Totally different flavor. I would just use ripe tomatoes if I were to use tomatoes. But then again, what do I know? Sure, try it with green tomatoes if that’s what you have. The point is to work with what you have available. I have a bunch of tomatillos which is why I’m making these with them. ~Elise

  • Espahan

    We call these ‘gringo’ or non Spanish, enchiladas and we love them. Mom made the traditional New Mexico enchiladas but when she was in a hurry she made something similar to these. I believe in keeping the traditional recipes, and I handed them down to my boys and girls, they all like to cook, but I was never a slave to tradition and often made these enchiladas, sometimes with red chili. As is usual, your great photos make the recipes very tantalizing.

  • DL

    That ain’t no New Mexico enchilada.

    Doesn’t claim to be. ~Elise

  • Vivian Haren

    Jane, I favor flour tortillas as well. When I make enchiladas, I prepare and roll, place in baking dish and bake. I add the sauce on the top the last 15 minutes. No slimy mexican. Take Elise advice and only put cooked items in the enchildas. Good luck

  • Jane

    We LOVE roasting our own chiles! We do it right on the stovetop, too. Anaheims, poblanos, red peppers, jalapenos–you name it! We’ve even developed a “chile relleno casserole” that is a regular in our meal rotation: YUM.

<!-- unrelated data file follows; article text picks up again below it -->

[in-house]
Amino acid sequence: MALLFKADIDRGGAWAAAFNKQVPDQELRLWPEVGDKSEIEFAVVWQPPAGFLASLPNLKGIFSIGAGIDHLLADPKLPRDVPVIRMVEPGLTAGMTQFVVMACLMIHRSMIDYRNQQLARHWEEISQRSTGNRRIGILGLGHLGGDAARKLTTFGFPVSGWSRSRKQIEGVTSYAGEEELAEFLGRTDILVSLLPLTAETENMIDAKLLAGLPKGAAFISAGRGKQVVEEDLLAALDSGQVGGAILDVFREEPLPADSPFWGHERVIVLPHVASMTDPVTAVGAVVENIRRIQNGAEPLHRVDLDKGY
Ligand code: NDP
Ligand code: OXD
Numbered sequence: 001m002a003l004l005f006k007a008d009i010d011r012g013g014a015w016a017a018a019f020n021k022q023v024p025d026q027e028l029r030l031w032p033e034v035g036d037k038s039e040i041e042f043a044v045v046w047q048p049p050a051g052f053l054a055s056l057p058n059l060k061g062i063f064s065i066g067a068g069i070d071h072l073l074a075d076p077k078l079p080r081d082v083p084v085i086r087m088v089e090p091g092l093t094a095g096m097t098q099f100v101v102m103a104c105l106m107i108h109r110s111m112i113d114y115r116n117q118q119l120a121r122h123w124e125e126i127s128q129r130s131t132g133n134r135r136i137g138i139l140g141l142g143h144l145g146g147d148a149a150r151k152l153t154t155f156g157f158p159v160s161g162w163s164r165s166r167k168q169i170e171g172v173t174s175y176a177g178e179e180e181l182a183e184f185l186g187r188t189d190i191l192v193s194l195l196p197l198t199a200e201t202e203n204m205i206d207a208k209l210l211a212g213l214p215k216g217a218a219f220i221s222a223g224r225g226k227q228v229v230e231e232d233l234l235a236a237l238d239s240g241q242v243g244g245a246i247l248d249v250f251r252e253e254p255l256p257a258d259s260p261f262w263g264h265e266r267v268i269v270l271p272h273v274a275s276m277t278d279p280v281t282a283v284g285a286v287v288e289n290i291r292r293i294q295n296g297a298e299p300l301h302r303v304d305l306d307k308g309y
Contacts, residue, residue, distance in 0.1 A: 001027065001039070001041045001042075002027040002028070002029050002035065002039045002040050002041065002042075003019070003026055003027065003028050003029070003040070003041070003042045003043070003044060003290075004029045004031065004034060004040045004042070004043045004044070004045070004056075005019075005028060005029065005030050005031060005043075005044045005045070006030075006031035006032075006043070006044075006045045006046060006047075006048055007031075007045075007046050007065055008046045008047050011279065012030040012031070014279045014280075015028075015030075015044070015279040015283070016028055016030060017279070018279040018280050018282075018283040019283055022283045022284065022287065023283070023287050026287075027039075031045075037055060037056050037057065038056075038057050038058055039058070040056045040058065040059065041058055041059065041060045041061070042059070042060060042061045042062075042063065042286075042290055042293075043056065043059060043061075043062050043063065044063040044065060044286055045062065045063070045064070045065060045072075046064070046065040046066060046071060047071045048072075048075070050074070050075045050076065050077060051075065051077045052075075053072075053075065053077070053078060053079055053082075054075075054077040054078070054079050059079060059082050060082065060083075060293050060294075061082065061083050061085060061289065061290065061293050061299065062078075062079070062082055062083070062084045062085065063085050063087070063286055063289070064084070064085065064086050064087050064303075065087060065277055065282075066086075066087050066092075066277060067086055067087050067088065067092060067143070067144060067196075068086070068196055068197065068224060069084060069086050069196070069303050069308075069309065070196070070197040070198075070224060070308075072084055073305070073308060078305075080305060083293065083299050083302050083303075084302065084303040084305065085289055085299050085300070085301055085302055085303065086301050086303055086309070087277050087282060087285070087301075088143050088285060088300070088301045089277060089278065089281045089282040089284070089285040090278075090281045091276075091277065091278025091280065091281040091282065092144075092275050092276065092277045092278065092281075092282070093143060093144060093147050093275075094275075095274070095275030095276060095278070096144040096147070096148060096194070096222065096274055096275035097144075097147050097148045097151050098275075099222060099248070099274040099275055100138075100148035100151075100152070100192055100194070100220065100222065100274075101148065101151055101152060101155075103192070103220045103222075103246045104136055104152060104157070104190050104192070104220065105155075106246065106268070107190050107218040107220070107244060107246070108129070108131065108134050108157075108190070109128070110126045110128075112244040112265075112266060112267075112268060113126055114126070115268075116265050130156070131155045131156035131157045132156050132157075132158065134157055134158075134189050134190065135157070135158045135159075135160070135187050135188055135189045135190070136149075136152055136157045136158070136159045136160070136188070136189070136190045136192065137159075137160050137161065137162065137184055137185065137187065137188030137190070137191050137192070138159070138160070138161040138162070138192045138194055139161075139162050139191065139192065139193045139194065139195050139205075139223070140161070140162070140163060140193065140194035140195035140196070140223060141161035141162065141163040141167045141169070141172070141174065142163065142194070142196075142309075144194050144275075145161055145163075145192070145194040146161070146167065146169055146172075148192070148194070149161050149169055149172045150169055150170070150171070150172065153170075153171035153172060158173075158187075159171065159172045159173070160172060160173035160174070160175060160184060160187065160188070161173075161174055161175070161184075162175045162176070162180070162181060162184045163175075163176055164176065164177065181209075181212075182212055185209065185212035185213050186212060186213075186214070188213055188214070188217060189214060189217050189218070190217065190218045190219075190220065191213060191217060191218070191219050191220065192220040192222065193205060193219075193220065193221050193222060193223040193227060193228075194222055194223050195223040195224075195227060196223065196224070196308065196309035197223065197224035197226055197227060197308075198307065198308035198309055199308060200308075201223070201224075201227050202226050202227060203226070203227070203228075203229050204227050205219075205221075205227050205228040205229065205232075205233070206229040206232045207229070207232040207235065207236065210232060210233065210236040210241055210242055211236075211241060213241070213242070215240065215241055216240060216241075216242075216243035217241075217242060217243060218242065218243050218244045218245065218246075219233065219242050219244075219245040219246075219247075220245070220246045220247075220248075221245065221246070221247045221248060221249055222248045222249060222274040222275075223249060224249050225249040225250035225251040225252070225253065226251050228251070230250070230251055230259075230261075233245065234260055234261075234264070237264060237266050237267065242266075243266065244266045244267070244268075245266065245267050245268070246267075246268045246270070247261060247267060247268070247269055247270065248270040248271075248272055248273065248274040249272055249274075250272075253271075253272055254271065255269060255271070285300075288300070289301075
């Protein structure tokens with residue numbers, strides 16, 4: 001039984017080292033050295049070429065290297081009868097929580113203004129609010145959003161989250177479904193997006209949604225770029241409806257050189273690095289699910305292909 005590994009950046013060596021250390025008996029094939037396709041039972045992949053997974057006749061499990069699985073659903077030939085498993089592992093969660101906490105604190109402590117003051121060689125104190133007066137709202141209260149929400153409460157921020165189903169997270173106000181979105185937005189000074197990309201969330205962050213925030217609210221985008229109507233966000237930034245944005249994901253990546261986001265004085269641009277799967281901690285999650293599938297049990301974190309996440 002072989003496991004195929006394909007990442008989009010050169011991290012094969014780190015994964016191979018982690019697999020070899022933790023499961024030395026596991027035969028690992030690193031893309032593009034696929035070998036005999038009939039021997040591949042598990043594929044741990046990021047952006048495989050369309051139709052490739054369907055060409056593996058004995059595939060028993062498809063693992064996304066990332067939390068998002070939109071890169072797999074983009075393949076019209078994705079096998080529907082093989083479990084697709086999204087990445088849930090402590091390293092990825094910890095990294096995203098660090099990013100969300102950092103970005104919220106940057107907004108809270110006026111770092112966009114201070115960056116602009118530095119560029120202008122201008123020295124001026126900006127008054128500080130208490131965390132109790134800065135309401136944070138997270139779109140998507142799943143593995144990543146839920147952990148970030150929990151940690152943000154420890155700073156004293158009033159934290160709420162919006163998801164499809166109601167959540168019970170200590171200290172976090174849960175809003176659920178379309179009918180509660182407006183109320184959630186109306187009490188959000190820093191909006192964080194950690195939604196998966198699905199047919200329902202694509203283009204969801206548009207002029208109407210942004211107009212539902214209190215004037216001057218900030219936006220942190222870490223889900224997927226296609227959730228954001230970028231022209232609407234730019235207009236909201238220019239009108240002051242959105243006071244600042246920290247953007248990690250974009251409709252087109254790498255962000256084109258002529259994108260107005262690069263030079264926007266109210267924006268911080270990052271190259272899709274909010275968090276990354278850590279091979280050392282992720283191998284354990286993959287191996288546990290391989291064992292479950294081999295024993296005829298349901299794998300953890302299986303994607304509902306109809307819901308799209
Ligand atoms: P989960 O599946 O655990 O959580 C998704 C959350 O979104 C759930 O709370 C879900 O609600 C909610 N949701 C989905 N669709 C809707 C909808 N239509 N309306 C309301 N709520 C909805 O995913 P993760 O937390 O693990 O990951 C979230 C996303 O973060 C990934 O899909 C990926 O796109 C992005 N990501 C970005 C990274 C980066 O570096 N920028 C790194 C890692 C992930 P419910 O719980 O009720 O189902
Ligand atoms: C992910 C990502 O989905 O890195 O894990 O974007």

I don’t often make enchiladas because I (sorry, hard to admit) don’t love corn tortillas. I have made enchiladas with flour tortillas, but they get a little slimy under the sauce. This recipe, though, looks so great that I am going to give it a shot! I like how the tortillas are fried first…must impart a really nice toasty flavor.

    Thanks, as always, for making my stomach growl!

  • Julie

    I think enchiladas are one of my favorites as well! I am going to substitute “big Jims” chili from Hatch, NM for the anaheim chilies. Now that fall is here, the warmth of the chilies will be welcome. Thanks for the recipe.

  • Sandy

    Sounds fabulous! Elise, can you can or freeze excess tomatillos, or do you have to make something with them (for instance, salsa) in order to keep them a long time?

    Thanks for any info.

    No idea on the freezing. I will can the tomatillos once I make salsa verde with them. ~Elise

  • Catherine